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Laminate Kitchen Countertops: Perfect Fakes; Low Cost

Published: December 29, 2010

Replacement laminate kitchen countertops offer durability and big style at a relatively low cost, and are worthy contenders for your kitchen retrofit dollars.

Laminate Kitchen Countertops Once a favorite during the 1960s and 70s, laminate kitchen countertops are enjoying new popularity as an affordable, durable, moisture-proof, and surprisingly attractive replacement for your home’s worn kitchen countertops.

Shop around and you’ll discover a nearly unlimited selection of richly colored solids, dazzling patterns, and enticing-to-touch textures. Laminates are cagey too: Check out the options that mimic rusted metal and earthy stone slabs and see if you can eyeball the difference.

Why laminate kitchen countertops are cool (and cost-effective)

Laminates are made with layers of paper and melamine resin. Generally, the thicker the product, the more durable and costly it’ll be. Higher-end laminates offer 10-year warranties. Fancy edge treatments kick up the costs too.

In the past, laminate kitchen countertops looked like poor copies of materials, such as wood and stone, because reproduction qualities were poor, and the finished product depended on a repeating pattern about 18 inches wide.

Today, advanced photographic technology creates laminates that look strikingly like the real thing, and unique patterns can be up to 5 feet wide—wide enough to create an entire “granite” kitchen island with no repeating pattern.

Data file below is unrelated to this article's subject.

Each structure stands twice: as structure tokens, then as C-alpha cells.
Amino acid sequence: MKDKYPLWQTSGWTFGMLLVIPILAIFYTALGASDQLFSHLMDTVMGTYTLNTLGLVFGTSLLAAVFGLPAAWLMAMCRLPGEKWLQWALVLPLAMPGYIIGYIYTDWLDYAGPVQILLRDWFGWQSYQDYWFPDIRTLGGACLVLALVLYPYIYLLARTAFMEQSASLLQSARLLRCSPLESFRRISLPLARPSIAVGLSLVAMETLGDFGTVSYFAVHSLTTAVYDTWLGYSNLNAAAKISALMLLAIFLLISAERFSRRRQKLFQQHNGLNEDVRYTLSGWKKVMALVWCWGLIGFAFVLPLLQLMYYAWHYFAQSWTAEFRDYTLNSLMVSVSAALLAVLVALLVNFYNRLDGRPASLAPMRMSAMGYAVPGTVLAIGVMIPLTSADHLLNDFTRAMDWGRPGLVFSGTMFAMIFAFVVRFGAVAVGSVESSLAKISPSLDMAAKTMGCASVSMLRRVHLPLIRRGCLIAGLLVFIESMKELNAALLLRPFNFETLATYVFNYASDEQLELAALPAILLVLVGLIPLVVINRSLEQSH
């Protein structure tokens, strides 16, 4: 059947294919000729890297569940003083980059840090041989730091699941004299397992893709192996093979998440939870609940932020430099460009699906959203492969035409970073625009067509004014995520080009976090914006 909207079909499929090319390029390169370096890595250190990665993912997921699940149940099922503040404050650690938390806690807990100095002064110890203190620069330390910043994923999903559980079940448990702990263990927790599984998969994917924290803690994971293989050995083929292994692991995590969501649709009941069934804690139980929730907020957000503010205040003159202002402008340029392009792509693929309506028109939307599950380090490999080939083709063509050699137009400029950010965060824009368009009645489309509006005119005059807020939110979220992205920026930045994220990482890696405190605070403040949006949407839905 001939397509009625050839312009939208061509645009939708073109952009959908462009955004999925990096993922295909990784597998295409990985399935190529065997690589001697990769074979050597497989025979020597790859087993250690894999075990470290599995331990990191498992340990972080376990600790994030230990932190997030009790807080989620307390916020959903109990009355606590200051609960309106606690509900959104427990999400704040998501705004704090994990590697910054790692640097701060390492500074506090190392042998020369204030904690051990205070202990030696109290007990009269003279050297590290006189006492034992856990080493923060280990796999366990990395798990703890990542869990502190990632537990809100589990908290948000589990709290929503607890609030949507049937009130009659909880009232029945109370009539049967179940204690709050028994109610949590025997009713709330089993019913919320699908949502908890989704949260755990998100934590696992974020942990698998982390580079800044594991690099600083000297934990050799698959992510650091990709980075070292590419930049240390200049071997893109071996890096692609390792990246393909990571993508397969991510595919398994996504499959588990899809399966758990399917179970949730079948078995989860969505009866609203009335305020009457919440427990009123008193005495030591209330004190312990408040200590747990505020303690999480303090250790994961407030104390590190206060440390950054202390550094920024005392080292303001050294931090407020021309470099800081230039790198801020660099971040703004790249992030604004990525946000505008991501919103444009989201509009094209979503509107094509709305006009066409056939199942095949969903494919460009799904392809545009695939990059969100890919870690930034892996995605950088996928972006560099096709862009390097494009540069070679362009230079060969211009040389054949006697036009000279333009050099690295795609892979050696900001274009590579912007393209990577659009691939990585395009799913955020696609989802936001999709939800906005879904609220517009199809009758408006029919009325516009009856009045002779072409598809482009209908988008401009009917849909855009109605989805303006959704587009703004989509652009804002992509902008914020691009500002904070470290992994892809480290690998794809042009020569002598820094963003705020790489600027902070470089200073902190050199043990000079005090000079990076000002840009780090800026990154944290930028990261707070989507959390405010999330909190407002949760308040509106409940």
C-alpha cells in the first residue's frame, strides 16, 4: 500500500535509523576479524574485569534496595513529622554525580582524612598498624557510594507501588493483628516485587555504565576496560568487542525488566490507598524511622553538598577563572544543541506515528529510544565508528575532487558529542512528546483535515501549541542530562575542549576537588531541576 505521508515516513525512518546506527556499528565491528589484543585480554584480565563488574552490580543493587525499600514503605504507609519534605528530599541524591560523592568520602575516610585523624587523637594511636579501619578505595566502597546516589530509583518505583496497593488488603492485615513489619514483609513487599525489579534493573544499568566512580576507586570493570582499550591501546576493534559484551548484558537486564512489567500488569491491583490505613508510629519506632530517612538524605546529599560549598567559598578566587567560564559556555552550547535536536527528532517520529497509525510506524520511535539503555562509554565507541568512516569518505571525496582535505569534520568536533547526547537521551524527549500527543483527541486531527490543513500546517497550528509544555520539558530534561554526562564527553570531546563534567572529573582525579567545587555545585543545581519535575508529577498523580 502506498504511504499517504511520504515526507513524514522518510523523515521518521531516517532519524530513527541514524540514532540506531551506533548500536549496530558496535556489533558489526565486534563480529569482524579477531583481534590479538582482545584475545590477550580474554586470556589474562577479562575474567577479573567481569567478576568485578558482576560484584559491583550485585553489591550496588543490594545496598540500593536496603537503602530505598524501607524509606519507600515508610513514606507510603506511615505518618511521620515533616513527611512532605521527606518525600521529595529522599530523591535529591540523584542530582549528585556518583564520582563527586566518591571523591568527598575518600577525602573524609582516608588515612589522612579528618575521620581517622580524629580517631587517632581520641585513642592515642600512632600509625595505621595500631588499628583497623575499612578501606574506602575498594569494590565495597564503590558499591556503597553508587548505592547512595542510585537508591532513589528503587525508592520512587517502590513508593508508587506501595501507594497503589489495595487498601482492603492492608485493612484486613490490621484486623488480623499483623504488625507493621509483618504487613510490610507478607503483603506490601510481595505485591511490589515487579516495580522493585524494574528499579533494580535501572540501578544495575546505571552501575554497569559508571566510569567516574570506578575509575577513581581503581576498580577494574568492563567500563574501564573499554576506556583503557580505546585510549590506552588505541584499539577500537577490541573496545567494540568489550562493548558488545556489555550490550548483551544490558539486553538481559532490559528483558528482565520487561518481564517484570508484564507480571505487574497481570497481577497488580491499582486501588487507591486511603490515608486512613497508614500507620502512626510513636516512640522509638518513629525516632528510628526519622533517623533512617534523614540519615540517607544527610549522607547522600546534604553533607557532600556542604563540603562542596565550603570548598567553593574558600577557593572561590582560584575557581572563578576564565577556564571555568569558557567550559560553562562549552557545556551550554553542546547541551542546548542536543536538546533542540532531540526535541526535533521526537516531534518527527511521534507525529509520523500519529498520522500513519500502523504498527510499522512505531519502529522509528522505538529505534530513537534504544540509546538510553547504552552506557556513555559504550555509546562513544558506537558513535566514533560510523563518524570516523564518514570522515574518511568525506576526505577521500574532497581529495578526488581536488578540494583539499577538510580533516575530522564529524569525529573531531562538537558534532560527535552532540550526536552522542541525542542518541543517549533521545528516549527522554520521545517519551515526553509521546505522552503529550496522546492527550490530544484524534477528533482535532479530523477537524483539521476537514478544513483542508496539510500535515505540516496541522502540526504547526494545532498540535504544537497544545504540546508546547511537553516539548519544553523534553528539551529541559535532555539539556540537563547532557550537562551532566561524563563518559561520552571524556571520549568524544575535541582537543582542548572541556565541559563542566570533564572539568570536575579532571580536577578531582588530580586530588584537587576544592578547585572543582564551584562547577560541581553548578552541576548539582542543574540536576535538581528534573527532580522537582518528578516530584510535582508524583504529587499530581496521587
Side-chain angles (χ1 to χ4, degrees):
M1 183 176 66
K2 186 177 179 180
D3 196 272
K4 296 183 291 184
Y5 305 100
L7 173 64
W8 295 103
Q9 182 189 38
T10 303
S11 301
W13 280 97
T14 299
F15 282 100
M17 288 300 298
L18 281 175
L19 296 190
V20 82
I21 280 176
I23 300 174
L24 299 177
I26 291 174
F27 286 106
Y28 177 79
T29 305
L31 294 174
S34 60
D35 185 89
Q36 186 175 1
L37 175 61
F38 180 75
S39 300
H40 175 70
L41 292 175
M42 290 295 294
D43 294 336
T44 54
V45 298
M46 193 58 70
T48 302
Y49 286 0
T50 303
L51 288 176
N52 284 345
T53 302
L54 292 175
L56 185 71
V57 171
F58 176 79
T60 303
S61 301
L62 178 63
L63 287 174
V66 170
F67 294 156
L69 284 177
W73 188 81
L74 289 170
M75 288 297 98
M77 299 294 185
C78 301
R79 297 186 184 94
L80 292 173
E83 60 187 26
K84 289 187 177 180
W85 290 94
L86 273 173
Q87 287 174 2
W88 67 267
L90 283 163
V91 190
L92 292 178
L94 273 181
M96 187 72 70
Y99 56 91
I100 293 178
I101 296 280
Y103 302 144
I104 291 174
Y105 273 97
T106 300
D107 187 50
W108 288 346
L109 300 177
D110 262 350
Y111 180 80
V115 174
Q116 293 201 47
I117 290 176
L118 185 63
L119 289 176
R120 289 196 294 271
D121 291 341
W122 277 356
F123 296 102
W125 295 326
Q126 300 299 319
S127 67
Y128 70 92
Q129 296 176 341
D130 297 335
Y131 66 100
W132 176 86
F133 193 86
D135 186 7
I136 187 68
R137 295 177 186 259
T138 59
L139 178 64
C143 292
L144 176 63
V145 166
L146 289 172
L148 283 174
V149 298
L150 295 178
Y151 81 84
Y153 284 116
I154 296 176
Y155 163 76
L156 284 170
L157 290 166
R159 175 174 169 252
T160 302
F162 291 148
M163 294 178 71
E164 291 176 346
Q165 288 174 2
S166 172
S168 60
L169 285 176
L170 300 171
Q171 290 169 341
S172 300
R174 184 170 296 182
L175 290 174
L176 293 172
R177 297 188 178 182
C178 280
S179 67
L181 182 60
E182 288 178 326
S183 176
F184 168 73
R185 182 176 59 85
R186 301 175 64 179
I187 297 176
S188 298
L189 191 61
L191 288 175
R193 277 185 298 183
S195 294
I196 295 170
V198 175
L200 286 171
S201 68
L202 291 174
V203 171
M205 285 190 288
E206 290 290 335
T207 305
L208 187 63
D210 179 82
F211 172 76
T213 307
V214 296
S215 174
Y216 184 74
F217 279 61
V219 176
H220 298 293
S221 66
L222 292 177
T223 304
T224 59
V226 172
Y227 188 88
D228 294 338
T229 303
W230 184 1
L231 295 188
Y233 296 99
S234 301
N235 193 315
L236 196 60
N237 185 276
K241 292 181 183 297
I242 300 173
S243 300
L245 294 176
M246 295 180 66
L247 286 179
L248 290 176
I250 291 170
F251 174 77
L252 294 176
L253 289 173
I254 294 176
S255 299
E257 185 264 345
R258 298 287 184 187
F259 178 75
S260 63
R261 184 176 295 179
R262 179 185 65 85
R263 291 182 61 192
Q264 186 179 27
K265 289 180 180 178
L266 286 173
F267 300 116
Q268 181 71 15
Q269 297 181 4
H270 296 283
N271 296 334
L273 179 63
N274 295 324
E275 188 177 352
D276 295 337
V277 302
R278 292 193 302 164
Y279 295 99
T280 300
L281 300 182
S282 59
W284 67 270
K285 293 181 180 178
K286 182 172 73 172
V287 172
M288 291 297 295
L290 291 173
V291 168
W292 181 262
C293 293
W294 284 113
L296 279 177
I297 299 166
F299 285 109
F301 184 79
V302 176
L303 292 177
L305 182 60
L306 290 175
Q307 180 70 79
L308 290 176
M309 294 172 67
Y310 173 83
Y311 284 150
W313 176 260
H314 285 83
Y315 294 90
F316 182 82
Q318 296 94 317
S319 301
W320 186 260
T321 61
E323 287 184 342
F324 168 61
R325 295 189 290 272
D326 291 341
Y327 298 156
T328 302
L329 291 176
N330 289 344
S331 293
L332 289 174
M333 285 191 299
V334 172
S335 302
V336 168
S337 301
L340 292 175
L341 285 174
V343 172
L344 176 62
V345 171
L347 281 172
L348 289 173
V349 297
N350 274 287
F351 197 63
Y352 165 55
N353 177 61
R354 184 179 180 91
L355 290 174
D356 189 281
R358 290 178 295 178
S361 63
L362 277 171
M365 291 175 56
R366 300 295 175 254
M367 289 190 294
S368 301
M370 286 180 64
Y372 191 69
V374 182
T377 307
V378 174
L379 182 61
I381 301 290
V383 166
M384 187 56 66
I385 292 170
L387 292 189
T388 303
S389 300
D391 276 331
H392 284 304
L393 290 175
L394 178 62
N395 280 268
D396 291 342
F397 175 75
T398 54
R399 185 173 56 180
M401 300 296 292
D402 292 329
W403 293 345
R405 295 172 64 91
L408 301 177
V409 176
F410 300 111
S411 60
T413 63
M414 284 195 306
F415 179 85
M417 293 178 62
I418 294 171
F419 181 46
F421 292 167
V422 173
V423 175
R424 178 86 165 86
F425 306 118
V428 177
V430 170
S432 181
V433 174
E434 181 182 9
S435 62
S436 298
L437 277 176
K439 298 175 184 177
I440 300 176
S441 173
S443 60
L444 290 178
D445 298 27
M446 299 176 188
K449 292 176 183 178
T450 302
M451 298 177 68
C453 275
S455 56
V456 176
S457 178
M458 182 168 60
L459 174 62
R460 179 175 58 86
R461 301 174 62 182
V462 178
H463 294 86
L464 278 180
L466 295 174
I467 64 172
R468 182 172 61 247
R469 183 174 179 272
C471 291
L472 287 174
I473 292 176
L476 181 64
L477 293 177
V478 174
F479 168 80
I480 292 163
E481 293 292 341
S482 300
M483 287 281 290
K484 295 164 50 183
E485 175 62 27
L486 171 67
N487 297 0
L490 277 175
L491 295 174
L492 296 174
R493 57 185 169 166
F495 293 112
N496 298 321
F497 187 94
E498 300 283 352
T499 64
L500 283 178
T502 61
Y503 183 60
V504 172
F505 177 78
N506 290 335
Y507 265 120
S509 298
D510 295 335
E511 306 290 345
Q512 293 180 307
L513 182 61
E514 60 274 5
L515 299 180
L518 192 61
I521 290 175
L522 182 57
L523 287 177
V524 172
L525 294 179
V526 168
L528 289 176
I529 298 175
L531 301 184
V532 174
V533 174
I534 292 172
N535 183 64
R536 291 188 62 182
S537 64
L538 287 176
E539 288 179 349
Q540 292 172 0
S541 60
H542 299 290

Quick cost comparison

In general, laminate kitchen countertops are your least-expensive option. Compare the costs with other countertop materials, as shown for an average kitchen with 30 lineal feet of countertops, installed:
Type Cost
Quartz (engineered stone)$2,100
Solid surface$2,250
Slab granite $2,400
Ceramic tile$3,900

Durability: Laminate’s Achilles heel

Thankfully, today’s laminates aren’t as prone to chipping and cracks as products from days gone by. However, laminate countertops still aren’t as long-lasting as other materials, such as stone and solid surfaces. Household cleaners with mild abrasives can dull the surface, acidic liquids can stain the material, and laminates don’t stand up to heat, such as a pot with a hot bottom.

When shopping for laminate, look for long warranties and a melamine resin wear layer strengthened with aluminum oxide—a hard, colorless, inorganic material that makes countertops more resistant to scratches.

Caring for laminate kitchen countertops

With proper care, a laminate kitchen countertop can last a minimum of 10 to 20 years. Scratches and burns account for the demise of most laminate countertops, so keep knives and sharp objects away from the surface and don’t use your countertop as a cutting board.

Avoid laying hot pots and pans directly on a laminate countertop to avoid permanently scorching the material. Regularly clean countertops with water and a non-abrasive household cleaner.

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